THEY’RE THE ENEMY! NOT ME!

Oh God, it’s frightening. The intolerant are the enemy, those who want to force us all into tiny gender conforming boxes, men, only ever attracted to women, never expressing any feeling but anger, and life would be so much easier if-

Queer Christianity

Liz Edsall says Christianity must be queer: it must learn from LGBT folk to be truly Christian. In Queer theory, queer is a verb, meaning to rupture. Queer breaks down false binaries between male and female, to make space for queer people. Christianity too, when working properly, ruptures false binaries, between human and divine, sacred and profane. The Revd. Liz, an Episcopal priest from New York, ignores the clobber passages. Why should we engage with Leviticus 20, which calls for our death by stoning? Who would cite such a passage imagining it had anything to do with life now, or was other than repulsive? Instead, she starts with the story of the Good Samaritan, the Outsider who did the humane, loving thing, the despised foreigner who saved a life when Jews would not. Christianity ruptures the boundary between self and other, as there must be no outsiders, no bad people, no Them.

Even St Paul wrote, There is no longer Jew or Greek, there is no longer slave or free, there is no longer male and female; for all of you are one in Christ Jesus. I loved that verse, and yet there is Presbyterian and Episcopalian, even ECUSA and ACNA.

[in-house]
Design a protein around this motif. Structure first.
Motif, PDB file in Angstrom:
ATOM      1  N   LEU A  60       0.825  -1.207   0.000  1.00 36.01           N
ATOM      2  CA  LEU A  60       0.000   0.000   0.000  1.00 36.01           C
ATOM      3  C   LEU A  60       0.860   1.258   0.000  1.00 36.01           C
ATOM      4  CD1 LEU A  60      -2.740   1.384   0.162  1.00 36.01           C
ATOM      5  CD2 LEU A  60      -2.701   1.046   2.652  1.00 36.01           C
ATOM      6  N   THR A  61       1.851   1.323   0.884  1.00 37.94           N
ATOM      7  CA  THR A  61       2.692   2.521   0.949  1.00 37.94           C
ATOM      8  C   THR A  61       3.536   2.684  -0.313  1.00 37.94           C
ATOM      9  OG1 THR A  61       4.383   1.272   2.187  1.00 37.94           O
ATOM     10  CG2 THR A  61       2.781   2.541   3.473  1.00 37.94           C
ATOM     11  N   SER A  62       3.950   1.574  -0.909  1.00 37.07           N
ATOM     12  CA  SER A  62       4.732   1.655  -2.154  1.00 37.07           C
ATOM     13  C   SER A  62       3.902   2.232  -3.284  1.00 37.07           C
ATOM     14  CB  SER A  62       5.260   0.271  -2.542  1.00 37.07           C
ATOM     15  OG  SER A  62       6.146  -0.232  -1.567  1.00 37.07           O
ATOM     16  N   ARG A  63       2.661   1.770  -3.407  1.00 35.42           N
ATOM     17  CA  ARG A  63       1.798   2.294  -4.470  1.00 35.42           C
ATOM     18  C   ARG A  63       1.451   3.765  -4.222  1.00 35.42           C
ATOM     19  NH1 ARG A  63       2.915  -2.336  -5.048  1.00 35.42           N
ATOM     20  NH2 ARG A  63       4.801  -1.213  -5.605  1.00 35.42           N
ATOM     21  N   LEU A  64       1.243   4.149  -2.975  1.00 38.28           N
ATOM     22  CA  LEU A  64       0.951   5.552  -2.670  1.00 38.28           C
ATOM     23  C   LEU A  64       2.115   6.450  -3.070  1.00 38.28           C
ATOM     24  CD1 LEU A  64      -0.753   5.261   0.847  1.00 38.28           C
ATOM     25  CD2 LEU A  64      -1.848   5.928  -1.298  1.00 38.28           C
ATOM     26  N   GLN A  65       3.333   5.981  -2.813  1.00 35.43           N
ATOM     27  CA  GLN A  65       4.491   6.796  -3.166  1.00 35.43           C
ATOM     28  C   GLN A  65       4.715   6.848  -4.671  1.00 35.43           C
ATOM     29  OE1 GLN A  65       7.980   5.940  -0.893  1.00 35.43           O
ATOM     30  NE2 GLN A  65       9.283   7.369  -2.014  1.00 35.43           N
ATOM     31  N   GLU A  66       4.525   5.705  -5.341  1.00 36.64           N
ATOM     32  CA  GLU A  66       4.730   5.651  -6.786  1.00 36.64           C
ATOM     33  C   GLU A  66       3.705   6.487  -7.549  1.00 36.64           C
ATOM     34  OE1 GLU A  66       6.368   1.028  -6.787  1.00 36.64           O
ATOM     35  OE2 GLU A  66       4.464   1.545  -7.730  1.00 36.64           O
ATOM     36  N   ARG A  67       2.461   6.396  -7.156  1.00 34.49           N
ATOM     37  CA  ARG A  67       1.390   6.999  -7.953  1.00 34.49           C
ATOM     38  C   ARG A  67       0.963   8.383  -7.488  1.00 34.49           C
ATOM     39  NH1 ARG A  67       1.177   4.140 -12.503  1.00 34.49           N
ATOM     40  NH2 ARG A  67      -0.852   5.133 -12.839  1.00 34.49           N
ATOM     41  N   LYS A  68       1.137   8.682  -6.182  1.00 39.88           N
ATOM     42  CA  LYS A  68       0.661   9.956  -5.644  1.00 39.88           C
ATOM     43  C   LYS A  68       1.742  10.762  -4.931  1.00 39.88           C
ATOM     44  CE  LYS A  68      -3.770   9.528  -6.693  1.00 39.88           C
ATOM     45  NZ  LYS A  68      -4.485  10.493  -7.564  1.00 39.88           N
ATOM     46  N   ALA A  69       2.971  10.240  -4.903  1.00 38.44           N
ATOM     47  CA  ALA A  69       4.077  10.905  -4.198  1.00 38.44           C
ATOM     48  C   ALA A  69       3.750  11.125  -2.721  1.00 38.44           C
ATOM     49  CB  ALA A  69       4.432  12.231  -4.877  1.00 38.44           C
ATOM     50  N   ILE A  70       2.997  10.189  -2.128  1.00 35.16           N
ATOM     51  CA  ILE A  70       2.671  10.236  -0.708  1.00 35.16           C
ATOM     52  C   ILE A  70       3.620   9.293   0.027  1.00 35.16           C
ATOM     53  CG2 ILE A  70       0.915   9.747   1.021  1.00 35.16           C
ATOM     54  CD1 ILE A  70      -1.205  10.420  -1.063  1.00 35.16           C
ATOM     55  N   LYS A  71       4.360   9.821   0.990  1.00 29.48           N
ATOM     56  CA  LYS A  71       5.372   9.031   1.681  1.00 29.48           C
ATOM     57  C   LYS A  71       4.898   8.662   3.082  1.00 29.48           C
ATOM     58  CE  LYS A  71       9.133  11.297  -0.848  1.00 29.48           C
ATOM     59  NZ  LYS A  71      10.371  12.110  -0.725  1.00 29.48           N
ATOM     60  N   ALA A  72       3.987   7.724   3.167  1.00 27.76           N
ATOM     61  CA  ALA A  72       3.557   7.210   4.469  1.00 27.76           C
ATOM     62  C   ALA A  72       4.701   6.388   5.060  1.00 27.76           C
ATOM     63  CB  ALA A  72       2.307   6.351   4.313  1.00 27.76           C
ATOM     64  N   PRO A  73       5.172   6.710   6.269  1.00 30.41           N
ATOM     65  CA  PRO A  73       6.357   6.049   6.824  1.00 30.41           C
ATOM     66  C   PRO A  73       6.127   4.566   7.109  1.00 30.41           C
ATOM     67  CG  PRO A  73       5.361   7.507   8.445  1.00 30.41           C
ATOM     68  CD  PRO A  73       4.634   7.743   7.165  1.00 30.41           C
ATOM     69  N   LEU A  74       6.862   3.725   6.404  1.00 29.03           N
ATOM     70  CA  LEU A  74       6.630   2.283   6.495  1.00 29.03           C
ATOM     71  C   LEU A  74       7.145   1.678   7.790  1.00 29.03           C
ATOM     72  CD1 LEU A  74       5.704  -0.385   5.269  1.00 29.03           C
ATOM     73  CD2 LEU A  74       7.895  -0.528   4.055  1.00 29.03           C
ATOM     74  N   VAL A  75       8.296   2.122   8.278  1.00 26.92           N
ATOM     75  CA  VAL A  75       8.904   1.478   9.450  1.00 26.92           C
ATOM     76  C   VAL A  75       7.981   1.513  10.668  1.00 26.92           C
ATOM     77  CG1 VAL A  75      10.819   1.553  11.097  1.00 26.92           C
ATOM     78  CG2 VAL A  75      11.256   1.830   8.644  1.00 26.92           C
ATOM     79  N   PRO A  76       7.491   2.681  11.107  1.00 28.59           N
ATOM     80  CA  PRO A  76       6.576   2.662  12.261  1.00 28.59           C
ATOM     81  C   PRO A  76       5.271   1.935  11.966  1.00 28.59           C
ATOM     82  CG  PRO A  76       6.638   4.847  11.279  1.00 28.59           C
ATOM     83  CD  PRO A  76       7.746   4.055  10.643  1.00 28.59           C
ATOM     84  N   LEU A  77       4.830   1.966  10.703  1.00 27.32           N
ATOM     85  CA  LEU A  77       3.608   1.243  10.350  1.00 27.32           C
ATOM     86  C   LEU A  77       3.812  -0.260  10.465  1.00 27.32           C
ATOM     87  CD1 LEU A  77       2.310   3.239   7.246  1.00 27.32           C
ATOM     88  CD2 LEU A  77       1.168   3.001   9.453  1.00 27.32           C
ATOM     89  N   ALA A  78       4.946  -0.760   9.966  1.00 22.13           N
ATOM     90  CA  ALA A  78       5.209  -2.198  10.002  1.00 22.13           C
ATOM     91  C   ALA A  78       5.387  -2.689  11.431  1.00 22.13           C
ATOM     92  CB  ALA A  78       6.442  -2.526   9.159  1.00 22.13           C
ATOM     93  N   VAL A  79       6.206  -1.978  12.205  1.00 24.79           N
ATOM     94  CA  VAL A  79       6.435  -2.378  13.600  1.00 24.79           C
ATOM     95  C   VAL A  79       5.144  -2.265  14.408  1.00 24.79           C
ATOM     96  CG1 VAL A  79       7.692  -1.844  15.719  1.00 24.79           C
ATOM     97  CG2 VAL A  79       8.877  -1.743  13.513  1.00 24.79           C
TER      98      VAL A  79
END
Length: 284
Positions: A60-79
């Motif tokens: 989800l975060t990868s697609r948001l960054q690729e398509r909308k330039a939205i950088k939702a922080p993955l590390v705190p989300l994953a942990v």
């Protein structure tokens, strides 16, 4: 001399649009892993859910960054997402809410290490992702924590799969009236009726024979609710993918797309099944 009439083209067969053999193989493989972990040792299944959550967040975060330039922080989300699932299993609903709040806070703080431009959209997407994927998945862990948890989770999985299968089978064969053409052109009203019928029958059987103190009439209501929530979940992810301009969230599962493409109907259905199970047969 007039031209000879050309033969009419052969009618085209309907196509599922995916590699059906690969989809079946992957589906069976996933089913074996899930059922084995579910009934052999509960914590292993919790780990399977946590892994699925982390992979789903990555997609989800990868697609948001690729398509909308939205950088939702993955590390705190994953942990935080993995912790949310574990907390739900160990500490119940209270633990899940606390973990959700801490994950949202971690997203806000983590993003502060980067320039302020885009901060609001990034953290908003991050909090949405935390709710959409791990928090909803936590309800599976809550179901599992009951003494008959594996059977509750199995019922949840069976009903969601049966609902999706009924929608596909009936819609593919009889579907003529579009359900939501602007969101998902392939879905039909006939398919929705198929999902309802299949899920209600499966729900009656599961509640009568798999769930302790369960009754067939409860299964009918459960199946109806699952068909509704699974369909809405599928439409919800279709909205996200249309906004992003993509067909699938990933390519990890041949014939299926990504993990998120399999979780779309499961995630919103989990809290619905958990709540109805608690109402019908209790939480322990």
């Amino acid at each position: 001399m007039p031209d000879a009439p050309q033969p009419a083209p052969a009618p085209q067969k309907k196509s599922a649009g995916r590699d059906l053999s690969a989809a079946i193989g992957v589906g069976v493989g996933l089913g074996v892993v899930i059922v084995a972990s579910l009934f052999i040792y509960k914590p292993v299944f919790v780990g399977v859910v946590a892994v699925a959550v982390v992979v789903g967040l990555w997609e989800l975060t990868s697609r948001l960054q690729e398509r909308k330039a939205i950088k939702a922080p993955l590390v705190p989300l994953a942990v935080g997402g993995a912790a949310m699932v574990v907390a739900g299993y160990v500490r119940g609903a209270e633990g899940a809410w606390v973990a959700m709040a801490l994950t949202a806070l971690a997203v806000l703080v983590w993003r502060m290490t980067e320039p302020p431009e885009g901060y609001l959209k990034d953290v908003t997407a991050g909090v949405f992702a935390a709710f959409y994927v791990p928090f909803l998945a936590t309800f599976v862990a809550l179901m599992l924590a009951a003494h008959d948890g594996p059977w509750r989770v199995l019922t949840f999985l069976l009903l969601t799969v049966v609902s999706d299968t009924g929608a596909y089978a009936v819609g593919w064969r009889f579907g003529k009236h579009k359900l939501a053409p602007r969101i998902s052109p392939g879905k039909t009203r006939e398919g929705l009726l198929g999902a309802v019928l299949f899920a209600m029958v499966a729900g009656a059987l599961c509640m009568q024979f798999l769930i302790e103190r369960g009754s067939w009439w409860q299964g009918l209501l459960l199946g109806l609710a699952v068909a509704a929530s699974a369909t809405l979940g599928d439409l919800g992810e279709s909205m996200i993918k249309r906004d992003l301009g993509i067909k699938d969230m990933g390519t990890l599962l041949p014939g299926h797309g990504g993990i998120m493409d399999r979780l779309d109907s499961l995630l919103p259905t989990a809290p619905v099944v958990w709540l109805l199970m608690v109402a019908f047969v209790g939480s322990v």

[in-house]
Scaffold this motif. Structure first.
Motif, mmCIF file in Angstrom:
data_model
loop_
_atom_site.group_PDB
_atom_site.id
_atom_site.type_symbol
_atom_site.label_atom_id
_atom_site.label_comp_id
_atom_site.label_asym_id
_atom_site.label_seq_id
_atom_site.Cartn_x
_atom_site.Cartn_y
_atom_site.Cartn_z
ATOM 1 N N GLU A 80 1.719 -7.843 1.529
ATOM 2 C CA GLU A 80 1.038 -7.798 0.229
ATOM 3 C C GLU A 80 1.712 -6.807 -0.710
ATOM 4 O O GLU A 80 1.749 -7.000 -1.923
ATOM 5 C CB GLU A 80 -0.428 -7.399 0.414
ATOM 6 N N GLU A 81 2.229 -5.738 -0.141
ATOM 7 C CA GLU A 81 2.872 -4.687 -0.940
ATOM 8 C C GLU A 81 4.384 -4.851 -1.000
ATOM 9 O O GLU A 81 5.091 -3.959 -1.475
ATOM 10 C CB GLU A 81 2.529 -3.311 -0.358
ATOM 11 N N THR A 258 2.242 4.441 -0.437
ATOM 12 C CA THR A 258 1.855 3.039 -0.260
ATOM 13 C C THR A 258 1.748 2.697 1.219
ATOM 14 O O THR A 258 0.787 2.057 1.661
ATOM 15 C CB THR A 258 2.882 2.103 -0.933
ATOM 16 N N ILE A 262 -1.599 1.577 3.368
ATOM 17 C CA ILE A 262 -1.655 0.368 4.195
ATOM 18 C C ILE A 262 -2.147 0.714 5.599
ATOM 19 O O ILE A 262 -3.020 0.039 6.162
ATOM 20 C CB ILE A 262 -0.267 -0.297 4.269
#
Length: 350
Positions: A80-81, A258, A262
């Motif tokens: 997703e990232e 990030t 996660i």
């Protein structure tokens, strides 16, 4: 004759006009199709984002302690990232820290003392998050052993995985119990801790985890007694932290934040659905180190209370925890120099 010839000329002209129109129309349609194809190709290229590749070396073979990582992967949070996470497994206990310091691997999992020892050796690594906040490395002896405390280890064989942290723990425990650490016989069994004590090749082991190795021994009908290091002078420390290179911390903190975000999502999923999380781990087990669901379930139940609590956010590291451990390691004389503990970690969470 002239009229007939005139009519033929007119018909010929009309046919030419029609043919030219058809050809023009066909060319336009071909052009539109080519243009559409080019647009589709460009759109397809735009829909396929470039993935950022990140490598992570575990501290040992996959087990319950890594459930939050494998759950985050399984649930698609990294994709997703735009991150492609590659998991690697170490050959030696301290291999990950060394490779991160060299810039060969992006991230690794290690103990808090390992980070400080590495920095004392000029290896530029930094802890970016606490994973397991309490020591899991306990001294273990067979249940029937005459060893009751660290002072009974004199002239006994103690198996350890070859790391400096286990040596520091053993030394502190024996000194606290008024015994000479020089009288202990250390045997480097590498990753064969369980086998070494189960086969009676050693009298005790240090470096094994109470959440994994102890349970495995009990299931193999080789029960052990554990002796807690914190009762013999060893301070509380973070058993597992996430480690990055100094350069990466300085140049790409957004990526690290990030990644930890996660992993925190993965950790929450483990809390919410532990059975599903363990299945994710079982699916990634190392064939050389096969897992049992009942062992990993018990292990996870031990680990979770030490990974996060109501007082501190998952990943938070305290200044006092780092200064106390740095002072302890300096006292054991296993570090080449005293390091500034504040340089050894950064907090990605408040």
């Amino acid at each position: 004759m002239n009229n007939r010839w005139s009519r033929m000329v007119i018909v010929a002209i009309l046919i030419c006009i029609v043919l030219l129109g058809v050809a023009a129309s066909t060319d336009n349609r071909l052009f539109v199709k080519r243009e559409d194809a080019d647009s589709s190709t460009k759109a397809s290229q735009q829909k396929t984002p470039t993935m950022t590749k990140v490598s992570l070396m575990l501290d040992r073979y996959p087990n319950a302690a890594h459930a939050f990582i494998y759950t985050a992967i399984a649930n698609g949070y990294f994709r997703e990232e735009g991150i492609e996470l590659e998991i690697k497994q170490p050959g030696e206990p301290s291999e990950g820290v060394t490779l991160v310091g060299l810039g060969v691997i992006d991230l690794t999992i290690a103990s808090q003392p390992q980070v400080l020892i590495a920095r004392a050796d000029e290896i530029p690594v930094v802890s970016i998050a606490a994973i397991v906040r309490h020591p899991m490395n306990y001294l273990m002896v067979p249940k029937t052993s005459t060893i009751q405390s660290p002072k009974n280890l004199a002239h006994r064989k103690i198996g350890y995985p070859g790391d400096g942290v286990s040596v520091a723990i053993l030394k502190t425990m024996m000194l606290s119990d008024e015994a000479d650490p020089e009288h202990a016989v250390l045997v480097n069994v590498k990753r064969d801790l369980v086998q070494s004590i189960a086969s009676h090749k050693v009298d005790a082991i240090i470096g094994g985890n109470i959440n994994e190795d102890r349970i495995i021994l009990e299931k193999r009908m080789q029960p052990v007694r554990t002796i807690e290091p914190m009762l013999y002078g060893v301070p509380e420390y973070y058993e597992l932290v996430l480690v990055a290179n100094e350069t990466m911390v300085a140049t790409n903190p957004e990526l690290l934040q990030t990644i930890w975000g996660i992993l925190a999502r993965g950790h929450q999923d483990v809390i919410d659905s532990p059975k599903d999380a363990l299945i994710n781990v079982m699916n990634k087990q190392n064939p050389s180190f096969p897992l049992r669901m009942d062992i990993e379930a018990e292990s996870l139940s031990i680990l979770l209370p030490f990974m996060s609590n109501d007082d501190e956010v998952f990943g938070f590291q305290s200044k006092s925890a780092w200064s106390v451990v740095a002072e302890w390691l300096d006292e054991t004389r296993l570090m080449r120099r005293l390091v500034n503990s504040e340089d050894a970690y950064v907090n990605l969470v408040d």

Queers find the identity which defines us, and tell the truth about it. We build community with others with the same identity. We live this path over and over, and get better at it. Liz Edsall learned the Christian path from following the Queer path, what she calls “Queer virtue”. The importance and effectiveness of both paths is rooted in their relation to Scandal. Both are powerless because they are scandalous, and that is the basis of their power. Christianity was never expected to be respectable. Mark calls Jesus “Mary’s son”, that is, the illegitimate child. It was a scandal for Jesus to touch the Unclean, defend adulterers or value people on the margins of society, such as the women who followed him. The cross was designed as a public shaming, destruction of the personality, and breaking of the body. The Resurrection overcomes death and the violent destruction of dignity. Jesus shook up convention and disrupted the understanding of power.